5. why do you have to write the name of the function up here before you even create it?

    This is the function prototype. It is necessary if the function is referenced in code before the function is defined. This could be resolved in other ways as well, such as moving the definition of averageN before all uses of it.

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  1. // does an arraySize have to be const always? is it so it doesnt channge after the array has been created? Yes, it has to be const, moreover, it must be a constant expression, which means its size must be known at compile-time (not at runtime). If you want to resize arrays, then the best is to use the standard container std::vector. Or use dynamically allocated arrays if you want a fixed-size array, but the size is not known until runtime

  2. /* this array is being created in the function averageN() but why? cant i just create it up top and reference it in? */ if you speak about decimals, then no, it is a global variable, you can use it from anywhere.

  3. // why do you have to write the name of the function up here before you even create it? You must declare any name in C++ prior to its use. Since you call this function in main, it must be at least declared beforehand. You can also provide the definition (body) before main.

  4. // why does the array have to be created here?

Oops, it appears that there's a big mixup in your code. As a matter of fact, you have 2 functions named averageN, one is averageN that takes no parameters, other is AveraeN taking an array of double.You never defined the first one, just declared.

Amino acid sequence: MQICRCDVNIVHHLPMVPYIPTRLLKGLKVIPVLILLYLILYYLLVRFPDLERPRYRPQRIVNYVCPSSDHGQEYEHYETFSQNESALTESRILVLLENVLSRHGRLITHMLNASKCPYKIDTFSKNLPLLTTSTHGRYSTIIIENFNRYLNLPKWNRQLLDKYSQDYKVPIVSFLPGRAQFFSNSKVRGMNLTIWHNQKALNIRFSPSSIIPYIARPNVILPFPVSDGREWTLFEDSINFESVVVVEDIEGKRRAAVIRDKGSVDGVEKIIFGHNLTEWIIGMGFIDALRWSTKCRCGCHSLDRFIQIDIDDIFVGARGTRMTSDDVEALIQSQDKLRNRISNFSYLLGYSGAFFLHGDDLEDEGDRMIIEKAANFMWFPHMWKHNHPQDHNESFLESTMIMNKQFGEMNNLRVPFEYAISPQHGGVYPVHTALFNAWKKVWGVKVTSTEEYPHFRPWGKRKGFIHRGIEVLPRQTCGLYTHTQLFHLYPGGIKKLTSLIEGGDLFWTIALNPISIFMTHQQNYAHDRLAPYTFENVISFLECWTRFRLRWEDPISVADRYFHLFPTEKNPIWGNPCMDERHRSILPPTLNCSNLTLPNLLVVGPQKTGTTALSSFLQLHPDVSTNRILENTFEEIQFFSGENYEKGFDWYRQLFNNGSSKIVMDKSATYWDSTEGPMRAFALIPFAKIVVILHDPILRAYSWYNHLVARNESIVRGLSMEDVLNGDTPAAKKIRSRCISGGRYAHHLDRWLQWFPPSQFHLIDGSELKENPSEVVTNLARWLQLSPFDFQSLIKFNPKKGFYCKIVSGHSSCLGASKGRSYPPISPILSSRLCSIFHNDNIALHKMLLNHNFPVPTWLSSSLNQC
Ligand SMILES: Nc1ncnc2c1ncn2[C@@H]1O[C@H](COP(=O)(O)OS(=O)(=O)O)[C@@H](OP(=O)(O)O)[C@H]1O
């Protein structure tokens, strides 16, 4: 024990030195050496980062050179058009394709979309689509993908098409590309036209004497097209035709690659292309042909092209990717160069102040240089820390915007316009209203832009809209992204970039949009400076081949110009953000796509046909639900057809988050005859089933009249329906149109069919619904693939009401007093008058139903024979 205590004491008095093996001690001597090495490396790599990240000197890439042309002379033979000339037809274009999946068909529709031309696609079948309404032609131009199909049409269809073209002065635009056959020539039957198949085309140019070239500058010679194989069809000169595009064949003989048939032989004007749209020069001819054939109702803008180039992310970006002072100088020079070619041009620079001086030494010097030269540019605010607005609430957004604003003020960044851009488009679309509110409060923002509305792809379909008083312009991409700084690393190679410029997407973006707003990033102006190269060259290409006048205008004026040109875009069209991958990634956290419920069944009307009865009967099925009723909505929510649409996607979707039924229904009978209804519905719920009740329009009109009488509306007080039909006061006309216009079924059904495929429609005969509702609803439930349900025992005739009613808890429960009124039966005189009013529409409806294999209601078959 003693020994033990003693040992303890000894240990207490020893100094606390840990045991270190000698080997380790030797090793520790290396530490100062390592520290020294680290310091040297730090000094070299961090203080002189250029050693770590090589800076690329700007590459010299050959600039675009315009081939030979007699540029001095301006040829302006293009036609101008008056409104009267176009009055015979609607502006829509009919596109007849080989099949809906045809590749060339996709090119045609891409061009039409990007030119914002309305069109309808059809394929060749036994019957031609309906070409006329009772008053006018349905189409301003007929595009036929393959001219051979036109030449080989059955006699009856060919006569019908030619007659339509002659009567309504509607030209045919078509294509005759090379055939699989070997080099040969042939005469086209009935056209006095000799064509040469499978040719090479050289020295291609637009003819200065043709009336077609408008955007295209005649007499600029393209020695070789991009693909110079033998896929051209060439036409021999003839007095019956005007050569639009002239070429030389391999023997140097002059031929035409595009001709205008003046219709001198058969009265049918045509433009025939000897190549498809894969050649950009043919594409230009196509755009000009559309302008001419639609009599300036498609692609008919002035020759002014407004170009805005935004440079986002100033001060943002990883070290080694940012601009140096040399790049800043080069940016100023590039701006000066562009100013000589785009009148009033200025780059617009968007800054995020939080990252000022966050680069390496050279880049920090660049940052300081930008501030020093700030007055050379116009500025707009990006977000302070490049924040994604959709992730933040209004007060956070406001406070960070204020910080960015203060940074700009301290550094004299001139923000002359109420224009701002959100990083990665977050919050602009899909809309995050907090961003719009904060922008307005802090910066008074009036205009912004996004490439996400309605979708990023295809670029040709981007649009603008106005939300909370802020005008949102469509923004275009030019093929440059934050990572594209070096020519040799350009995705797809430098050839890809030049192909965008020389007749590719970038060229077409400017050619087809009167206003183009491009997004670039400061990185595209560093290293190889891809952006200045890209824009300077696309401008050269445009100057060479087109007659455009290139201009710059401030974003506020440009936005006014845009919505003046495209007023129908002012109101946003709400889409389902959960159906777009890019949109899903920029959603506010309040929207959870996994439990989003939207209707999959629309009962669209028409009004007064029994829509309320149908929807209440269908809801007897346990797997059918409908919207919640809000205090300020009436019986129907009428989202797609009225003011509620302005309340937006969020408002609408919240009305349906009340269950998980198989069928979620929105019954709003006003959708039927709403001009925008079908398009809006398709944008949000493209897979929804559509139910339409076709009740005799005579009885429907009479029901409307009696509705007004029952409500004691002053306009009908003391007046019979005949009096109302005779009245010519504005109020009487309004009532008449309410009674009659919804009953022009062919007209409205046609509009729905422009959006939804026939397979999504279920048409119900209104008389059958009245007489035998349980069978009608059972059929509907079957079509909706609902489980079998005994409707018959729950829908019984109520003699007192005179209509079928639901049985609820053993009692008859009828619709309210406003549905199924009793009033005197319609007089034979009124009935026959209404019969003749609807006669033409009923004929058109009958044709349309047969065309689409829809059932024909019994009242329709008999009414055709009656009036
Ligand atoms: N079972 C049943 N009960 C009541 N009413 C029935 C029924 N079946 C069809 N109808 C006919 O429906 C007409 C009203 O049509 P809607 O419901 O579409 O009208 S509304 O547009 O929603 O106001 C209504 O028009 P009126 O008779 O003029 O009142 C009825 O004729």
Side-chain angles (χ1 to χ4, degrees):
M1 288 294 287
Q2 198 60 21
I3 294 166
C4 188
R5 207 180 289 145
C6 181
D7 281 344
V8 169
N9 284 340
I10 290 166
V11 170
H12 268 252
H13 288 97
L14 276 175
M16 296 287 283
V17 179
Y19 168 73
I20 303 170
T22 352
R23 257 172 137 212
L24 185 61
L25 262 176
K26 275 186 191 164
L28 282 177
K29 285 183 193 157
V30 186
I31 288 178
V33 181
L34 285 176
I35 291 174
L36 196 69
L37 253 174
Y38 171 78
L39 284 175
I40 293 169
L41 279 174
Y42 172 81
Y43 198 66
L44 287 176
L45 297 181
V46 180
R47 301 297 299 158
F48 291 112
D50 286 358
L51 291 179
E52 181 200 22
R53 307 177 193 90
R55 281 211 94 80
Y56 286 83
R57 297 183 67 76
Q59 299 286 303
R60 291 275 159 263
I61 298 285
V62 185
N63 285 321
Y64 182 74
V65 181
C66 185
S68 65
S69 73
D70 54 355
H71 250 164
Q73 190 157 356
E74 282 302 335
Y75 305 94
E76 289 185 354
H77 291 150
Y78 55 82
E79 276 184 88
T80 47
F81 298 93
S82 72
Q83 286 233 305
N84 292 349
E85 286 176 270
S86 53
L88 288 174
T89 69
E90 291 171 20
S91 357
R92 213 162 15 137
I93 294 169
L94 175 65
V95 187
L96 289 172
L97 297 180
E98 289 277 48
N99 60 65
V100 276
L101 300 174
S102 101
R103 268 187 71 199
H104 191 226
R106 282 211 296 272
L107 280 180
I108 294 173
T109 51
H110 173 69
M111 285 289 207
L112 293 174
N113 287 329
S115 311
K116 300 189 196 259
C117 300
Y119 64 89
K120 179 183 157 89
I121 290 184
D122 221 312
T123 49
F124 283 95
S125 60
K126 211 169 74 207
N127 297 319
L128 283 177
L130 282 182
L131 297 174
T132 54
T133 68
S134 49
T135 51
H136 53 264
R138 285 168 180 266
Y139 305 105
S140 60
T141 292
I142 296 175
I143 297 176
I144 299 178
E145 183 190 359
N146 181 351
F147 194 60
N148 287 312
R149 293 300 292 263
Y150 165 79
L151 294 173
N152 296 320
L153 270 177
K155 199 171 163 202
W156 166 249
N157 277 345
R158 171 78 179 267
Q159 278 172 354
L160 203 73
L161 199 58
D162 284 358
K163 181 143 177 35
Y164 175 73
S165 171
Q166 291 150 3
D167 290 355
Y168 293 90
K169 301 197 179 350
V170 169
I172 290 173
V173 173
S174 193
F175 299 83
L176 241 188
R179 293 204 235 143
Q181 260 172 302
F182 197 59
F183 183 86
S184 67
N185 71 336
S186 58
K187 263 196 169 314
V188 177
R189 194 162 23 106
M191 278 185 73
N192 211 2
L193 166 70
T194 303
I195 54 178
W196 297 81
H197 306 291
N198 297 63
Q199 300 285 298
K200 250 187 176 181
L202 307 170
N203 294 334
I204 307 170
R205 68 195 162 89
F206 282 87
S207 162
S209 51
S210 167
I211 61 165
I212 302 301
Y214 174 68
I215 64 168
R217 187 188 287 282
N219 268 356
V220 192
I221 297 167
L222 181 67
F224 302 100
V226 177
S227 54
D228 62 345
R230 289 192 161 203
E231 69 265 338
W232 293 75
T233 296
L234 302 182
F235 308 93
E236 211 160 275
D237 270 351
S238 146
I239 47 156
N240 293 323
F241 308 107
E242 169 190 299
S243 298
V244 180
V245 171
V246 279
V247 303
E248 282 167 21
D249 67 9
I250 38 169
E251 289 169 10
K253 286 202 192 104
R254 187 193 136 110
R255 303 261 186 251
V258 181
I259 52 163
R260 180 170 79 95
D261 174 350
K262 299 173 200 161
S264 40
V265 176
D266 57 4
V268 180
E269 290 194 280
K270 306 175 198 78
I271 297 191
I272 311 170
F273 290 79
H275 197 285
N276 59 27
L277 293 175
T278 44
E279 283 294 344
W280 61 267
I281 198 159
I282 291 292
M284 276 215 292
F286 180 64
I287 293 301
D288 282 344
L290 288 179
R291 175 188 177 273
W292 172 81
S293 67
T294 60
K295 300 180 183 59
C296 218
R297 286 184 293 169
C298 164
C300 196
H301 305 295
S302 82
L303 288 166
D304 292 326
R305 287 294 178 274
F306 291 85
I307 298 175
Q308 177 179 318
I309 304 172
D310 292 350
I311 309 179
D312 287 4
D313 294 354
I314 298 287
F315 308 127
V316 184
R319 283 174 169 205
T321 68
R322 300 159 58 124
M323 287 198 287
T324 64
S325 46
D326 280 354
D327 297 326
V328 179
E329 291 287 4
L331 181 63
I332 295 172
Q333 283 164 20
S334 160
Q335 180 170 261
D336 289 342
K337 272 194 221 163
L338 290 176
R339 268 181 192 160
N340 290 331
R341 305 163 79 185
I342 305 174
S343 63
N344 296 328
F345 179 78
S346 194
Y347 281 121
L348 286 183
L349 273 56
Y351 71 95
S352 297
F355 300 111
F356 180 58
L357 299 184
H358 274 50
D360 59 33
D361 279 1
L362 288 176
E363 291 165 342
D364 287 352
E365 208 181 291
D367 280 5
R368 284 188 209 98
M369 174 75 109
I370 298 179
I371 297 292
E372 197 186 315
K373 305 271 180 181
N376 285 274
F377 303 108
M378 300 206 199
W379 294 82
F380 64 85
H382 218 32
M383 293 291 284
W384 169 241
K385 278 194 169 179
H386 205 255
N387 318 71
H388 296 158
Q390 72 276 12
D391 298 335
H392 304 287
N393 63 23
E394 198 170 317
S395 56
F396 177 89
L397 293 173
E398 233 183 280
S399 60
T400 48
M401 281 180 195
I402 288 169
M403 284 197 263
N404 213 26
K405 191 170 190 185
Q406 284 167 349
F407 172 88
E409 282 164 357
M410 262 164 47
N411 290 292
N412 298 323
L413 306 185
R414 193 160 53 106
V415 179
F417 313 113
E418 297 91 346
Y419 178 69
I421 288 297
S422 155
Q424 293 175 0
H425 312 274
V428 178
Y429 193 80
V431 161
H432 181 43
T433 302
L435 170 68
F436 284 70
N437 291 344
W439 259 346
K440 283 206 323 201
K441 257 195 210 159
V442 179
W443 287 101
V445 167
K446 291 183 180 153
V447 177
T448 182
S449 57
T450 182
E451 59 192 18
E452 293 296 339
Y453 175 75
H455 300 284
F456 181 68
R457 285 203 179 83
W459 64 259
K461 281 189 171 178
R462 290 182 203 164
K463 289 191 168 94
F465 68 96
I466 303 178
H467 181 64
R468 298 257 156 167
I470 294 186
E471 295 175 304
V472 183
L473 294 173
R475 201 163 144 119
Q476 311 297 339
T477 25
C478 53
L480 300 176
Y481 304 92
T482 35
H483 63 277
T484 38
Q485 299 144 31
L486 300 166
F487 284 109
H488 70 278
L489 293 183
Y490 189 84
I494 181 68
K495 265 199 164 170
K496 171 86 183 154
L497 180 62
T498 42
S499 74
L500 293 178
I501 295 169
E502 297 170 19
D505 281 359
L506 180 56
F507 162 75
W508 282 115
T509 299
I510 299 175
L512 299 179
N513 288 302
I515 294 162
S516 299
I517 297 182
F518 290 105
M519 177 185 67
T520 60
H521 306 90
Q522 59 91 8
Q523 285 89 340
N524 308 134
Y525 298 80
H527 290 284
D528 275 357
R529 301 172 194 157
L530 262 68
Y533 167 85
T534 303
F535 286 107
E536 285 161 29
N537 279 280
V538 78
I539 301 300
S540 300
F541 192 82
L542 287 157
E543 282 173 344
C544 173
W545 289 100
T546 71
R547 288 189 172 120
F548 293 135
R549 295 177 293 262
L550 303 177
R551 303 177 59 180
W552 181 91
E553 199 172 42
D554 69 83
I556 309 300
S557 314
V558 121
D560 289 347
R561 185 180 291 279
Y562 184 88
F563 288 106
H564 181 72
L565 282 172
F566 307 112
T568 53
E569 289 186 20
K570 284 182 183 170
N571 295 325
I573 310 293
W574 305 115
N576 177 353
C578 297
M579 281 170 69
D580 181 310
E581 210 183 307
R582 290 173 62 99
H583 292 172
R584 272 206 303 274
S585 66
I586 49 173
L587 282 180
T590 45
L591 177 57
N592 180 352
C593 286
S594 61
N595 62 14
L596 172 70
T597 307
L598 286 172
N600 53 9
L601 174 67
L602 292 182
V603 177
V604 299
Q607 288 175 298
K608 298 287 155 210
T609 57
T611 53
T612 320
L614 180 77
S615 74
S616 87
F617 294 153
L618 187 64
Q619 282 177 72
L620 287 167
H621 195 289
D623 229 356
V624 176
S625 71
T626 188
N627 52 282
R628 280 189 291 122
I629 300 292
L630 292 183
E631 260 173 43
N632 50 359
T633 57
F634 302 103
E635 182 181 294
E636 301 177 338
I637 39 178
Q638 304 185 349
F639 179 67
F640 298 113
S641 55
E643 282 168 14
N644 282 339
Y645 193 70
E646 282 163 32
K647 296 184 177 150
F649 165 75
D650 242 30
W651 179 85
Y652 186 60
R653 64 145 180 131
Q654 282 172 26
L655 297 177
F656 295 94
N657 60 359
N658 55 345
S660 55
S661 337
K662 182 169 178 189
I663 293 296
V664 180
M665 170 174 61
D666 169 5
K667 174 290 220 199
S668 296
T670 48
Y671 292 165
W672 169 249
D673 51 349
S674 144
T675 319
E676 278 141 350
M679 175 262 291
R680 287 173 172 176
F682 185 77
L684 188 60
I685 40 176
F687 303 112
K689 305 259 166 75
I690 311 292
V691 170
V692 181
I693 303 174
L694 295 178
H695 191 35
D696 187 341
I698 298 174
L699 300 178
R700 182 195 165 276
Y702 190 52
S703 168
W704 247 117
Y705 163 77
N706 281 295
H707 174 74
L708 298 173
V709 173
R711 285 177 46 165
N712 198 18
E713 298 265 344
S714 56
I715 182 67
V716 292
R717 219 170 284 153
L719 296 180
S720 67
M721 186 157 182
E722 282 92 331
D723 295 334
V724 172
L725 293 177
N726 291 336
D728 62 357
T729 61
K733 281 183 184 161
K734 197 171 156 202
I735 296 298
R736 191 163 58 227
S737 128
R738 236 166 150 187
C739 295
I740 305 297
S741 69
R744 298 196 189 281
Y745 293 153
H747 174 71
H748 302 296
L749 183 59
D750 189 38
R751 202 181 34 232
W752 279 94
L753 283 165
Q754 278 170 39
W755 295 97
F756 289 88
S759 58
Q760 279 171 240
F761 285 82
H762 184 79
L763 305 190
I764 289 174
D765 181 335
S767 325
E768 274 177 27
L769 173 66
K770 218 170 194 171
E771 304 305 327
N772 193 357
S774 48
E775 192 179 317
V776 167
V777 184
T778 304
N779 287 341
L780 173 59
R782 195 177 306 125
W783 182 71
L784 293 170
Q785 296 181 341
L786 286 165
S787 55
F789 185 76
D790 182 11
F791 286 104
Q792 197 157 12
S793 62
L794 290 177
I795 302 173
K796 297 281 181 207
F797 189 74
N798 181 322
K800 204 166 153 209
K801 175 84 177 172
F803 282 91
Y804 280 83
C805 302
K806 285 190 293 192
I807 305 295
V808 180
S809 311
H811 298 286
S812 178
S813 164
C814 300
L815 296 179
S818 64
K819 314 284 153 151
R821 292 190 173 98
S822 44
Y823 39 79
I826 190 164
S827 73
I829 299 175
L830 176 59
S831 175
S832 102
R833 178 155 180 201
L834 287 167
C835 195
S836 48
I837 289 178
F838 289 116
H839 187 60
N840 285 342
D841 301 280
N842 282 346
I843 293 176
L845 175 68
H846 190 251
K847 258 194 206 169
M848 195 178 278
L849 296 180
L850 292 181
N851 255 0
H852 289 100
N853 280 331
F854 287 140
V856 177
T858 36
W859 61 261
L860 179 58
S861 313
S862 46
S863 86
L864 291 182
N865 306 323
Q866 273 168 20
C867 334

Errors:

  1. doubleTotal is not initialized. Well it is not double arrayTotal; change to

    double arrayTotal = 0.0;

  2. unresolved extenal in main - that's the AverageN function in main you are caling. You never wrote a body for it. You created a function that takes an array, which wasn't useful since your array is global. Just delete the array parameter from AverageN definition.

HTH

P.S. Read S. Lippmann's C++ Primer. It's the best book for beginners ther is for C++. IMO :)

share|improve this answer
    
Yes I agree C++ Primer is a really good book for beginners –  Vinzenz Oct 13 '10 at 15:17
  • const gives the compiler a clue that the item should not be changed and if the code attempts it then the compiler can flag an error.

  • the function name is mentioned before the actual declaration the main() function needs to reference it before the compiler has actually come to compile it (as it later on in the code file). You can move the whole function before the main() to avoid this.

  • double averageN(double decimals[arraySize]) is saying this function takes an array. It doesn't say that it create the array. If you look in the function, it takes the array, and adds calculated values into it (decimals[i] = (0+(rand()%10))). This function also calculates an average over the array and returns that as a double.

So to answer your big question what's wrong - read the last point and look at the call you are making -averageN(); - can you see how this is not the correct call?

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OK, here's your only assignment into arrayTotal:

 arrayTotal = (currentElement+arrayTotal);

Now, what is the value of arrayTotal after this assignment? Well, it depends on its value before the assignment. What was its value before the very first assignment? You don't know. It could be anything because you never gave it an initial value.

share|improve this answer
  const int arraySize = 5;
// does an arraySize have to be const always? is it so it doesnt channge after the array has been created?

C++ basically supports two kinds of arrays: fixed-size arrays, that are declared as type name[size], and dynamic arrays that are allocated with new[].
For fixed-size array you must provide their size to the compiler so that it can set aside enough memory for the array. As the size must be known to the compiler, you can only specify it with a const variable or a literal.